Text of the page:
Such is the context in which the United States came to occupy Guantánamo. It is a history excluded from American textbooks and neglected in the debates over terrorism, international law and the reach of executive power. But it is a history known in Cuba (where it motivated the 1959 revolution) and throughout Latin America. It explains why Guantánamo remains a glaring symbol of hypocrisy around the world. We need not even speak of the last decade.
If President Obama were to acknowledge this history and initiate the process of returning Guantánamo to Cuba, he could begin to put the mistakes of the last 10 years behind us, not to mention fulfill a campaign pledge. (Given Congressional intransigence, there might be no better way to close the detention camp than to turn over the rest of the naval base along with it.) It would rectify an age-old grievance and lay the groundwork for new relations with Cuba and other countries in the Western Hemisphere and around the globe. Finally, it would send an unmistakable message that integrity, self-scrutiny and candor are not evidence of weakness, but indispensable attributes of leadership in an ever changing world. Surely there would be no fitter way to observe today’s grim anniversary than to stand up for the principles Guantánamo has undermined for over a century.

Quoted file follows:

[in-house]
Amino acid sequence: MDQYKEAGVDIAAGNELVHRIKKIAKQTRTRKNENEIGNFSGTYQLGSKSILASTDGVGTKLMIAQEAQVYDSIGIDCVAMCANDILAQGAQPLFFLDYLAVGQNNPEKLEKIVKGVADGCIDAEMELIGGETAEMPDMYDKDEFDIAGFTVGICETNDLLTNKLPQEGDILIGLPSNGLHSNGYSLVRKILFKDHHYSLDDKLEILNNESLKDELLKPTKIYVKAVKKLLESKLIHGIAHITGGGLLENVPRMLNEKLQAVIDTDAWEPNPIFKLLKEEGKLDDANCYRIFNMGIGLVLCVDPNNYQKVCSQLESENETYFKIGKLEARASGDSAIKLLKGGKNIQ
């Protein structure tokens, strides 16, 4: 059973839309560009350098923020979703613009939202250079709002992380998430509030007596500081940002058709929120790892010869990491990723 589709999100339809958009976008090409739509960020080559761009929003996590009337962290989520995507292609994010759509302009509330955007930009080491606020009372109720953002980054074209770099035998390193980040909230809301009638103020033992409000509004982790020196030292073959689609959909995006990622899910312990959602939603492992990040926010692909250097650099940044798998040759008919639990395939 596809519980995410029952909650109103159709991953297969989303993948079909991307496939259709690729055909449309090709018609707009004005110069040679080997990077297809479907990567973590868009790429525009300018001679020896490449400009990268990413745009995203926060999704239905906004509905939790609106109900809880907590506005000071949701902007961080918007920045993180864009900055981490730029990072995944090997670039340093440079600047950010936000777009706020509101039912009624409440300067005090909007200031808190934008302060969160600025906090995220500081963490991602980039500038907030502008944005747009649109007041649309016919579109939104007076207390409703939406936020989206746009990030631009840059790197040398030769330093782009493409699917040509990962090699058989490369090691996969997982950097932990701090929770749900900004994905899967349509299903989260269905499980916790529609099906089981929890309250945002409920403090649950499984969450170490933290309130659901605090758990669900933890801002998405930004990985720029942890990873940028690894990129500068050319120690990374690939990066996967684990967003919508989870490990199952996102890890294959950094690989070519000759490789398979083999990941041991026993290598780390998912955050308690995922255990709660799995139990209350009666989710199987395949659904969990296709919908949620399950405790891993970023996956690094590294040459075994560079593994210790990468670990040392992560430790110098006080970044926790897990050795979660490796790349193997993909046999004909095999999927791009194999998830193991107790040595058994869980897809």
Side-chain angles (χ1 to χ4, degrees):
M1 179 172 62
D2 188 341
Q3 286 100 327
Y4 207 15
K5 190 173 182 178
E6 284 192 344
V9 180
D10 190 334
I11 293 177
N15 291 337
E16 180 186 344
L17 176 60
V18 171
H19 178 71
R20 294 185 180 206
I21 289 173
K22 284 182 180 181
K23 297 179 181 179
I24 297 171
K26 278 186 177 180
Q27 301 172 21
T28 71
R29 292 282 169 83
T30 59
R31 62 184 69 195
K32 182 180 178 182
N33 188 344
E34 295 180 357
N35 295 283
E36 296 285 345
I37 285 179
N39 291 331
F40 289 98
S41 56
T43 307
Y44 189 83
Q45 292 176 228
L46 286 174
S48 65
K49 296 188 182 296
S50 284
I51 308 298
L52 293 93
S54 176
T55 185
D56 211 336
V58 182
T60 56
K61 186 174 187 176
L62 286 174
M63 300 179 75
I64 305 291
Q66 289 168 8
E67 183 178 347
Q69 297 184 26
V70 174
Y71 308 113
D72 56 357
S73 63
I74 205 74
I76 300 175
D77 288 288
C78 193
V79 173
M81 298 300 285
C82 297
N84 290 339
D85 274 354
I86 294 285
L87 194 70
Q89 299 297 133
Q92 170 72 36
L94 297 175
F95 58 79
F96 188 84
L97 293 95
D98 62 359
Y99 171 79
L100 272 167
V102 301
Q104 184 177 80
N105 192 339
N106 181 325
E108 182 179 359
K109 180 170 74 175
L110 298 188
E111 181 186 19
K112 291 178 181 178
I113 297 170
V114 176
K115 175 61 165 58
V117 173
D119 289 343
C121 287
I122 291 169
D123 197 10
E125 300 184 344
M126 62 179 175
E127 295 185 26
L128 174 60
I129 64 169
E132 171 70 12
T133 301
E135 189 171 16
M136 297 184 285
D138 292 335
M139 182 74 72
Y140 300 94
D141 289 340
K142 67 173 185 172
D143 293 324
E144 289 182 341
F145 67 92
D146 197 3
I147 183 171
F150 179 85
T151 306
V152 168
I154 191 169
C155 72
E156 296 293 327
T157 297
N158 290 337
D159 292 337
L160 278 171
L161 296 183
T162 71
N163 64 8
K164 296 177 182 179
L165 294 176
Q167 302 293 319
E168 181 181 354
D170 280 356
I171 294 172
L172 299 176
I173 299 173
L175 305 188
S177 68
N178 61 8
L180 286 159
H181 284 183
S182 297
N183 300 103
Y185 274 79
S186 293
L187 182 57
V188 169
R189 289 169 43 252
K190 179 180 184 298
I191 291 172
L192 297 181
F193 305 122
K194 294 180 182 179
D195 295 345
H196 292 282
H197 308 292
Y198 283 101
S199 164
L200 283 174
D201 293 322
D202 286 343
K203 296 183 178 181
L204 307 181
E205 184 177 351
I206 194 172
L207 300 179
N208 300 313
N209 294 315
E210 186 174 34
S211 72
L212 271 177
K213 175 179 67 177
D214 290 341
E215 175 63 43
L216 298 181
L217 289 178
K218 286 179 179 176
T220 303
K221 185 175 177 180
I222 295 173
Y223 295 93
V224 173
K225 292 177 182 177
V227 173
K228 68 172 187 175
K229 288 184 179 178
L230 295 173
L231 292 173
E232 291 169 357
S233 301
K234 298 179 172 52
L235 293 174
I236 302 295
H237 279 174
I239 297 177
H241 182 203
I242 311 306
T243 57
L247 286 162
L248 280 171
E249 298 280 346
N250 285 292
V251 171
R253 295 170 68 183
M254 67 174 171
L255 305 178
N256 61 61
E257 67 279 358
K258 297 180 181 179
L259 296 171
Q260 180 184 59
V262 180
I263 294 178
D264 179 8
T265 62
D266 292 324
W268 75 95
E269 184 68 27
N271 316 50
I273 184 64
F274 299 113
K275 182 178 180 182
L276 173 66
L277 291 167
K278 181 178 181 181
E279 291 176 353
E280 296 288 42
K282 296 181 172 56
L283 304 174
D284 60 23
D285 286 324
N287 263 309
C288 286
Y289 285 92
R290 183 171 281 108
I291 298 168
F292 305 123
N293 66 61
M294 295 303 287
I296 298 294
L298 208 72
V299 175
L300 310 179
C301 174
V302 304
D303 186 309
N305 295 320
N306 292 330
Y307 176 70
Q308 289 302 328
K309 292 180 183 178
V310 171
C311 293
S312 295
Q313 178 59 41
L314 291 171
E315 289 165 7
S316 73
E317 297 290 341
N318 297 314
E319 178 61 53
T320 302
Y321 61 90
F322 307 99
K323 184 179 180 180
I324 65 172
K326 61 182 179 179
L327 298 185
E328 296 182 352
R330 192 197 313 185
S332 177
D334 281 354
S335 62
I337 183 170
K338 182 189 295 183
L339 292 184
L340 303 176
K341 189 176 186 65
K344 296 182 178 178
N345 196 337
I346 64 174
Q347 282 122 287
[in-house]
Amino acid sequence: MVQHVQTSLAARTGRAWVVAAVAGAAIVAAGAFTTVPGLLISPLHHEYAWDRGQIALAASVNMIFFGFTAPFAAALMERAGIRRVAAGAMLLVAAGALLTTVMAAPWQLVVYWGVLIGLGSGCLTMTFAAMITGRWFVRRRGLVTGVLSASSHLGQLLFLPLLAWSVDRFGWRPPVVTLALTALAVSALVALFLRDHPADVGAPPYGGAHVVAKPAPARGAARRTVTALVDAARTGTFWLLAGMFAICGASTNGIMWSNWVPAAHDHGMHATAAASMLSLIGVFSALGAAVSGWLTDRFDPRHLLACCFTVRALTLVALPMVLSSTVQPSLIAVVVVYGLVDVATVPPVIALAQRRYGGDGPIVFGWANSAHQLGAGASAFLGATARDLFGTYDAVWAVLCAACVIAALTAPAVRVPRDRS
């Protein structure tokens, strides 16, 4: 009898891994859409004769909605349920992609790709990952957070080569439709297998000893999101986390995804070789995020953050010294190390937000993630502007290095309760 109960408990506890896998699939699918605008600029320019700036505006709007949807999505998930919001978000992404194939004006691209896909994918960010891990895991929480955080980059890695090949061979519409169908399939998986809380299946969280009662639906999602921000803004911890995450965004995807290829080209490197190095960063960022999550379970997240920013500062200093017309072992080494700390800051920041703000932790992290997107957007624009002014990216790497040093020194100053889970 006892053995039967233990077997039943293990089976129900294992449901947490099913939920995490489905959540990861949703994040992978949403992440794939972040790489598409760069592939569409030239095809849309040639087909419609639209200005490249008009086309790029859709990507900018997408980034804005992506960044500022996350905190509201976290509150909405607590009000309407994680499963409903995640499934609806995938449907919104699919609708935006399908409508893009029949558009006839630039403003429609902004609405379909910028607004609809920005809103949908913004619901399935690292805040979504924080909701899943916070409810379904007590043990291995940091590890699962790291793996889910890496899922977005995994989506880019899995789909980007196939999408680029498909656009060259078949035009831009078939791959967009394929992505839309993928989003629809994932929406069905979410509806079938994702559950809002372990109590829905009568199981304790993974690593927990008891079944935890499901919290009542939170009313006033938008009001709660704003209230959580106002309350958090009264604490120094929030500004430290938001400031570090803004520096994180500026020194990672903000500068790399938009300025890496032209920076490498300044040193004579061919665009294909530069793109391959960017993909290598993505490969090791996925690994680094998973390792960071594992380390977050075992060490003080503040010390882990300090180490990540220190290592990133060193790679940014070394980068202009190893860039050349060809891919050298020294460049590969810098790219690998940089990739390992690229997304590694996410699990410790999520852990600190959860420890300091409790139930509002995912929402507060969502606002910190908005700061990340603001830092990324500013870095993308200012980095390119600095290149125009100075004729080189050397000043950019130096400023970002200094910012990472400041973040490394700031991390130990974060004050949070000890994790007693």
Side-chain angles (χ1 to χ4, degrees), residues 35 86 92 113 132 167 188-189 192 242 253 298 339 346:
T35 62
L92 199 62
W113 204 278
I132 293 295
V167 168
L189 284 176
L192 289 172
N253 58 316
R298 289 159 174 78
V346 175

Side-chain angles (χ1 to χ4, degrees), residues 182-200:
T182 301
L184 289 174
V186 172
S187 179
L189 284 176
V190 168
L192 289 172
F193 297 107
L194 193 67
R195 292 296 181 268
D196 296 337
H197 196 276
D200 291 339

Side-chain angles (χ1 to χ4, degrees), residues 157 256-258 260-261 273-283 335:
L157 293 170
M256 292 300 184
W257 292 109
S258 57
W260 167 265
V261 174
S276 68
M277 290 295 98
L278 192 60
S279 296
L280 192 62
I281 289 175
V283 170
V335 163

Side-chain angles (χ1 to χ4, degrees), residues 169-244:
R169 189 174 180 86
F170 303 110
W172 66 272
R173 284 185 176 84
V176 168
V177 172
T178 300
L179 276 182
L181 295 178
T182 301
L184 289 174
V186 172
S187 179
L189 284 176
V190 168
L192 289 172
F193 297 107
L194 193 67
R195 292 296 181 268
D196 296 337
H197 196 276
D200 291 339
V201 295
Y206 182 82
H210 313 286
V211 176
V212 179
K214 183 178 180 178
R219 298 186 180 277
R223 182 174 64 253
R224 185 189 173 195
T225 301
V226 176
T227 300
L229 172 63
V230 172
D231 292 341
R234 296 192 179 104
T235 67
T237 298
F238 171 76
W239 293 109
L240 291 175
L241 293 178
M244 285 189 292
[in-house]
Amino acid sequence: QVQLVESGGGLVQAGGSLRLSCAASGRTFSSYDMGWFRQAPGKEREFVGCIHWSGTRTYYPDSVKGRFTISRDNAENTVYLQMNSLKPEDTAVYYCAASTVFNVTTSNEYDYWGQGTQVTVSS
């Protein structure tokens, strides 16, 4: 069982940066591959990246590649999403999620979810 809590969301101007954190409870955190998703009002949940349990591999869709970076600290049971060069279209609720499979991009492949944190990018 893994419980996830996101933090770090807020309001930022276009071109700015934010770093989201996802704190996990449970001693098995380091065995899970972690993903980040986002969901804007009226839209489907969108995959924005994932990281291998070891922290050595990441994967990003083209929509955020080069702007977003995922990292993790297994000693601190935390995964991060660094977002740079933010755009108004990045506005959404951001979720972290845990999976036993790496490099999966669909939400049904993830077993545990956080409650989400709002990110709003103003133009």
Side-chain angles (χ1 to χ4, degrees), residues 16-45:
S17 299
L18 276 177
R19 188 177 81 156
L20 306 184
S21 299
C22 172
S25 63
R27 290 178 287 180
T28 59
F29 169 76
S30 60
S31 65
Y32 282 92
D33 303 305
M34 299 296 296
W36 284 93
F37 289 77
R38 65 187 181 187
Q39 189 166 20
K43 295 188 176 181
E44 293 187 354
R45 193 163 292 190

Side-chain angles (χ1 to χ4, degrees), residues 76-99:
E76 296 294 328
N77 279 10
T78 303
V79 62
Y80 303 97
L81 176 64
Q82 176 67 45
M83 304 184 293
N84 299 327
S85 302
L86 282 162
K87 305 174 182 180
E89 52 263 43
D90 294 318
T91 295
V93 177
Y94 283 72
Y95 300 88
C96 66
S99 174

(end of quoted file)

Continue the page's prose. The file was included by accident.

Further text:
Source: ajiacomix